We know how that turned out.

Yes, the implosion of the OceanQuest submersible Titan was an accident. but it was an entirely preventable accident, caused by the hubris of Stockton Rush. I’m not the first person to comment that the Titan imploded due to hubris of it’s builder, while attempting to sightsee on the wreckage of a ship that sank due to the hubris of it’s builders.

Quora Answer

My Follow-on Commentary

I am a former US Navy submarine sailor. I qualified in submarines on the nuclear fast attack submarine USS Scamp (SSN 588) all the way back in 1976. Although my qualification board was forty-seven years ago, I retain membership in the highly exclusive community of submarine veterans.

Submarine Qualifications

I served on two submarines in my Navy career and earned my submarine crewmember insignia. To earn the right to wear the Submarine Insignia as a crew member, I spent nine months in study and reviews. I memorized every ship’s system onboard Scamp, learned how they worked, and in some cases learned how to operate them.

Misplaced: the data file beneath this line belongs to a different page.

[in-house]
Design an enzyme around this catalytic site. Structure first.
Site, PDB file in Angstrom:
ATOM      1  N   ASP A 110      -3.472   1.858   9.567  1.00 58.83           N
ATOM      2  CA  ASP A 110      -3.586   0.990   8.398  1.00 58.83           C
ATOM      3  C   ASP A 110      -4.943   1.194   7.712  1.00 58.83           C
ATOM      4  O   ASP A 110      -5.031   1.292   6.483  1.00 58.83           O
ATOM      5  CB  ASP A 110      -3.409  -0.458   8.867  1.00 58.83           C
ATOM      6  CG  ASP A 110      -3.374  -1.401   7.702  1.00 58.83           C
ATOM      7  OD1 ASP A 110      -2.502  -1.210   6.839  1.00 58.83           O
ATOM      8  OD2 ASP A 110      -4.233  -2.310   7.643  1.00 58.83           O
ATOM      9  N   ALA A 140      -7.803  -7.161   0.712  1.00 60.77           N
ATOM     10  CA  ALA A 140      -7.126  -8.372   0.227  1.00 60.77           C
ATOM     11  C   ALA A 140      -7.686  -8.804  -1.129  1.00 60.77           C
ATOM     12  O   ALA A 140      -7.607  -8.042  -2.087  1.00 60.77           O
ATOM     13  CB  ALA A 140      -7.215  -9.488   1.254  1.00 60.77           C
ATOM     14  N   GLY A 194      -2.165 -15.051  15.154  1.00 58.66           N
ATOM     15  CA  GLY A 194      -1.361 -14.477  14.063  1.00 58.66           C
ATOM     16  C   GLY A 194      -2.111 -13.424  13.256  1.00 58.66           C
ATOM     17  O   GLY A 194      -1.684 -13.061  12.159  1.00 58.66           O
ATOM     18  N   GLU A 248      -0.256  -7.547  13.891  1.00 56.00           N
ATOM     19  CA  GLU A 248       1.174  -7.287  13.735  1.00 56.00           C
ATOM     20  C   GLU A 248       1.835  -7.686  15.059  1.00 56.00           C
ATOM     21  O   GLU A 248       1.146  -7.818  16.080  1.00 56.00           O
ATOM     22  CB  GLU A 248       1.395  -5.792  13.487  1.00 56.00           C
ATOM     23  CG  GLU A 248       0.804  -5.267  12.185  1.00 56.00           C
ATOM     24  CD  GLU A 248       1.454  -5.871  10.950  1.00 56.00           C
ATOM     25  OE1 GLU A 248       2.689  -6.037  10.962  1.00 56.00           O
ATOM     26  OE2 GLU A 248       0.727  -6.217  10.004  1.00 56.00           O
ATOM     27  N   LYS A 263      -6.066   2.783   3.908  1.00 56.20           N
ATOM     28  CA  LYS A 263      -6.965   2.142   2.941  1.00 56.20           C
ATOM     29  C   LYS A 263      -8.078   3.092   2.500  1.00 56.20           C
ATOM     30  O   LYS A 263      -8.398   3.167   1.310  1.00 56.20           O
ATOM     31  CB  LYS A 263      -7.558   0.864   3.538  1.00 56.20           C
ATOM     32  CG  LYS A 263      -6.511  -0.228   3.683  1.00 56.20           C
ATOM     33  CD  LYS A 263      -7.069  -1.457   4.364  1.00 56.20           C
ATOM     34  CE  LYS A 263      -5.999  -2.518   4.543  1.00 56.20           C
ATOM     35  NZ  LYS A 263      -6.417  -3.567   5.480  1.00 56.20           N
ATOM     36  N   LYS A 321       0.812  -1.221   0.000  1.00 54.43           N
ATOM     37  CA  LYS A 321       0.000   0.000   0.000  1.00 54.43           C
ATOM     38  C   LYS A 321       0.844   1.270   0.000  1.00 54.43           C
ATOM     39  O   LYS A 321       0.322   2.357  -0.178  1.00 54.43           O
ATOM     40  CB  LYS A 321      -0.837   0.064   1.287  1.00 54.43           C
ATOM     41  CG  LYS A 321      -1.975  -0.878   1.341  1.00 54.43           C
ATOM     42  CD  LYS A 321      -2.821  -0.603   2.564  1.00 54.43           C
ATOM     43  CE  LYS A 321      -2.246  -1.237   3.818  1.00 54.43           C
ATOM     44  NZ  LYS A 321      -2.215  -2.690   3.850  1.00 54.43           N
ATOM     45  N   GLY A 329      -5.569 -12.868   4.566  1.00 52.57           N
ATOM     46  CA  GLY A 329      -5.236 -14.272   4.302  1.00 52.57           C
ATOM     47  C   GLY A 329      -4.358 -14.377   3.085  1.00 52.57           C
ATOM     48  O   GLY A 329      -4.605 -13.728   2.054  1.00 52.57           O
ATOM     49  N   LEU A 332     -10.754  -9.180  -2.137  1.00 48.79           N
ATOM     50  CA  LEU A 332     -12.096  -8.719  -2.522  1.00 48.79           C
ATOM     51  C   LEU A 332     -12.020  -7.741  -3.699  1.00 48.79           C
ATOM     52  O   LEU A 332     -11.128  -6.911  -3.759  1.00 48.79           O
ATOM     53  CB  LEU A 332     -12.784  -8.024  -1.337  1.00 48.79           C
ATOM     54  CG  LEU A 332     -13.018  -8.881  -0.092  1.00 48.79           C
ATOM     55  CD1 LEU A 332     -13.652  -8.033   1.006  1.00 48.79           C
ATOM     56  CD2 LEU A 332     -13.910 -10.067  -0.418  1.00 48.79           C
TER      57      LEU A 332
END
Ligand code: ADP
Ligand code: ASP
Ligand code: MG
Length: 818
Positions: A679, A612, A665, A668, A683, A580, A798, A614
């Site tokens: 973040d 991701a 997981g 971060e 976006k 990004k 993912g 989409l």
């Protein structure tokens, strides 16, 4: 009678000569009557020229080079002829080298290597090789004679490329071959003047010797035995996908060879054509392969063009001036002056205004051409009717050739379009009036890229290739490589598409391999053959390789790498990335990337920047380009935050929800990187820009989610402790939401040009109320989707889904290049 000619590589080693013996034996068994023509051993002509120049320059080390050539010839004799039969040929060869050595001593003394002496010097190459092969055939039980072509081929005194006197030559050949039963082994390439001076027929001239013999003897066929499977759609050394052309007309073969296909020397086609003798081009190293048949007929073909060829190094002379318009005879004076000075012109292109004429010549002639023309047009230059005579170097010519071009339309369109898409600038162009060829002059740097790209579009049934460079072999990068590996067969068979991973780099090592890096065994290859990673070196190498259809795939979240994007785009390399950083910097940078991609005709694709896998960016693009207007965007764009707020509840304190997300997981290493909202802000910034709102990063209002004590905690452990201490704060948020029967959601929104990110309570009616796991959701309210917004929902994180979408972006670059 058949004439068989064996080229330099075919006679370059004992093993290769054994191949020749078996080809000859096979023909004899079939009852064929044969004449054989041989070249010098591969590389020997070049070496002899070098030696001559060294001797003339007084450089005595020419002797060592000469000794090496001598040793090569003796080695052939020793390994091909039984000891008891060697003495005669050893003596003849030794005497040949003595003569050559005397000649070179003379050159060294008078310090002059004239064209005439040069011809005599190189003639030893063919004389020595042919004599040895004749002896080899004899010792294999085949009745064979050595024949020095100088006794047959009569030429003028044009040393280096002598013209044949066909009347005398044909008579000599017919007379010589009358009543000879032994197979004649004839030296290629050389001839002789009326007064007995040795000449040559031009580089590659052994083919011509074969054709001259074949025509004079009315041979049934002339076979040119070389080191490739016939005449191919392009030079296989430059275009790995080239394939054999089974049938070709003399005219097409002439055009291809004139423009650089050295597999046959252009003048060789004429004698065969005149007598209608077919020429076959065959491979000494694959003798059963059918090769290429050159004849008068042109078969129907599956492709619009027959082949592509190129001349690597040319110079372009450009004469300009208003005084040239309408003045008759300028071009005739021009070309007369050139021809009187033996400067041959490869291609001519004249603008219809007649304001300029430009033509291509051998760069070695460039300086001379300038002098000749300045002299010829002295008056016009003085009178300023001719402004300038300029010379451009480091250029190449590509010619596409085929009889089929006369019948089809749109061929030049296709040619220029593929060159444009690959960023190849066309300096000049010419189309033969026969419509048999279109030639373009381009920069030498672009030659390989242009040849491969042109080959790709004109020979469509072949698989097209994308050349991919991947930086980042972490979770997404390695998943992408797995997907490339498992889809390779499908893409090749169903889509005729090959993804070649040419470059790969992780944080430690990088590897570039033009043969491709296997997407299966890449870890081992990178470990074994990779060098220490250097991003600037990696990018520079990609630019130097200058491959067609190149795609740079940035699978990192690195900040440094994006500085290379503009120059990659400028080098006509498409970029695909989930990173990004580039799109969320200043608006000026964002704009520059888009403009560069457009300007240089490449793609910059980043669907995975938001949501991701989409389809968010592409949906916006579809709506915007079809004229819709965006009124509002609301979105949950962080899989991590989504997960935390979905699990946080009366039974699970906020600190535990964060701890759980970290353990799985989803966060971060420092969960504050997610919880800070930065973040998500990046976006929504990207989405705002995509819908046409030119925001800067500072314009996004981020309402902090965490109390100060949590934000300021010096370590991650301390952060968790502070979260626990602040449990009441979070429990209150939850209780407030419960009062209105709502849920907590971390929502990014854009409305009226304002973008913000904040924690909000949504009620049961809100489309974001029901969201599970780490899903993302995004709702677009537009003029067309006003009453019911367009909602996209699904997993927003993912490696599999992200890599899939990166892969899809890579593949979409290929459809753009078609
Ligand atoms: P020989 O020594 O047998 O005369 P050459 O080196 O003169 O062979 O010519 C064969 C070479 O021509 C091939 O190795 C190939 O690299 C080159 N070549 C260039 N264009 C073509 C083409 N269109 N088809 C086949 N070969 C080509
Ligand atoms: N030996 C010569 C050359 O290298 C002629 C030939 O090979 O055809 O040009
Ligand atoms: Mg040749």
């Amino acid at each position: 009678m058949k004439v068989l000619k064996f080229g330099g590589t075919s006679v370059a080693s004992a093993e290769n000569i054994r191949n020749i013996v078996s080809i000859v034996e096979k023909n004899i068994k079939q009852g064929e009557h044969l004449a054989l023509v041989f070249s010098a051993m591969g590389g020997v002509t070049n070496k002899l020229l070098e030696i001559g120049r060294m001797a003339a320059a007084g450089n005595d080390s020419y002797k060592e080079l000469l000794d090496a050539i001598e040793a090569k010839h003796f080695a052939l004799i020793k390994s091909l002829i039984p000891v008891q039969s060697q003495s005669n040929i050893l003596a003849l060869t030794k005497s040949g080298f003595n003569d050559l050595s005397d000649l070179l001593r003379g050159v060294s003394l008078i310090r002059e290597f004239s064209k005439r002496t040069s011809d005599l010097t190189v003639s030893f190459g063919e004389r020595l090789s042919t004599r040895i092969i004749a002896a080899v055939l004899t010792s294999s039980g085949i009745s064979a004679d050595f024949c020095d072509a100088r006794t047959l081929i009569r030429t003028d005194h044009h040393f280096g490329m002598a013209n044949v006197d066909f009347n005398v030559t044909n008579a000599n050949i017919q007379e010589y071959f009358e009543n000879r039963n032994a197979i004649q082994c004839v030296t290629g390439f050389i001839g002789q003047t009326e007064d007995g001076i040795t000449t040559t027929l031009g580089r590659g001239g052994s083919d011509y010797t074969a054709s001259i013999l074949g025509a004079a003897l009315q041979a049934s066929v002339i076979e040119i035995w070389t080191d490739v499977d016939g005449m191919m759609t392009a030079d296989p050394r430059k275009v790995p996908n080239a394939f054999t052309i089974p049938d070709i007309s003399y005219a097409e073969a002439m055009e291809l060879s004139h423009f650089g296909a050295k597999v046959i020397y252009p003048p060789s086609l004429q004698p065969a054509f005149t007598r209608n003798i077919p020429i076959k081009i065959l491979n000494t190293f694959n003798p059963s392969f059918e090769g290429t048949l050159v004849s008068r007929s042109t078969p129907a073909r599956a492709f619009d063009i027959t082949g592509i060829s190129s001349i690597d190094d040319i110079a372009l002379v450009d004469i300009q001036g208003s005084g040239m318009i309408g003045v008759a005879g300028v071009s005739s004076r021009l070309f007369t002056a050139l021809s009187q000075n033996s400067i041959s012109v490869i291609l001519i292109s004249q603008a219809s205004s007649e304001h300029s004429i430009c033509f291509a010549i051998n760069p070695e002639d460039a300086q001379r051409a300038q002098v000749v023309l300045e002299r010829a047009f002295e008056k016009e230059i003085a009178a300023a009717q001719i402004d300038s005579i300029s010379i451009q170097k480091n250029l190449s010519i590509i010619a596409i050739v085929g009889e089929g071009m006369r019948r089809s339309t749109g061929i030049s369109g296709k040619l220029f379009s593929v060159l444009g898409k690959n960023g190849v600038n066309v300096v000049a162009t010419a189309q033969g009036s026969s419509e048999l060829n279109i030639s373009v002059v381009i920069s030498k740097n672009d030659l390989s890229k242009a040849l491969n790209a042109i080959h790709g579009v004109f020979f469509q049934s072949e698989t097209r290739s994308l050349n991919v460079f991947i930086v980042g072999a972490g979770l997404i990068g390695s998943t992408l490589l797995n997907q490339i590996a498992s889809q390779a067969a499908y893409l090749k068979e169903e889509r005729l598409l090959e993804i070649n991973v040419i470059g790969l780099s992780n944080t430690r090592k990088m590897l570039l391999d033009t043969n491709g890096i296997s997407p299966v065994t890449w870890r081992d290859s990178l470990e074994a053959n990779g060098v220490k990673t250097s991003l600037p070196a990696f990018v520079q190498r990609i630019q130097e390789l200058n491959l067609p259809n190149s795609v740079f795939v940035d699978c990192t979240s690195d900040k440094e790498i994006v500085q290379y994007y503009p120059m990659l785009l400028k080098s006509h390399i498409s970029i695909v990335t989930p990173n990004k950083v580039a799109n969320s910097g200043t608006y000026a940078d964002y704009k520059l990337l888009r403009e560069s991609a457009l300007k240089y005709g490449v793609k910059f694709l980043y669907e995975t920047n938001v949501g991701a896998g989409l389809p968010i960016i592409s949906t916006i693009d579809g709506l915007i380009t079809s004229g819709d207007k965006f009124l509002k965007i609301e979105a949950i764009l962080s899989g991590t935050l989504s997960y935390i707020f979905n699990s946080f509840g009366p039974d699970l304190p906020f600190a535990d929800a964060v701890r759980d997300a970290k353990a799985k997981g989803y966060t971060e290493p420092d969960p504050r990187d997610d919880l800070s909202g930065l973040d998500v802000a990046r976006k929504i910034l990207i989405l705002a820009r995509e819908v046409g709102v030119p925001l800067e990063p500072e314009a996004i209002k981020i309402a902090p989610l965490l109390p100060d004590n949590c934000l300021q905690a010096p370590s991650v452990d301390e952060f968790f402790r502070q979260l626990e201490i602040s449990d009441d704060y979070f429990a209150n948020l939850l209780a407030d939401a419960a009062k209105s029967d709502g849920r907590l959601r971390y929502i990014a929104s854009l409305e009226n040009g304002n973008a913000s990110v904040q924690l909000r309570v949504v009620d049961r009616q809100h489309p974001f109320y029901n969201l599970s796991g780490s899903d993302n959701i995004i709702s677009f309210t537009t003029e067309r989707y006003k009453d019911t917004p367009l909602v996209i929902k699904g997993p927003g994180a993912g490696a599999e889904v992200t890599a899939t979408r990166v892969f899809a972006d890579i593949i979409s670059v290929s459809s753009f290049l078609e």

My months of study cumulated in a “walk-through,” where I walked from one end of the boat to the other, with my division officer, pointing out every significant valve, electrical fitting, and piece of machinery. Then, I sat for a four-hour oral board in front of senior crew members, answering their questions and drawing system schematics from memory. At the age of 20, before my college-bound high school classmates had diplomas, I was qualified as crewmember on a nuclear fast-attack submarine.

I later qualified in deep submergence vehicles as crew member of the deep-diving submarine USS Dolphin (AGSS 555). At the time the Dolphin was world’s deepest-diving submarine.

Submarine Standards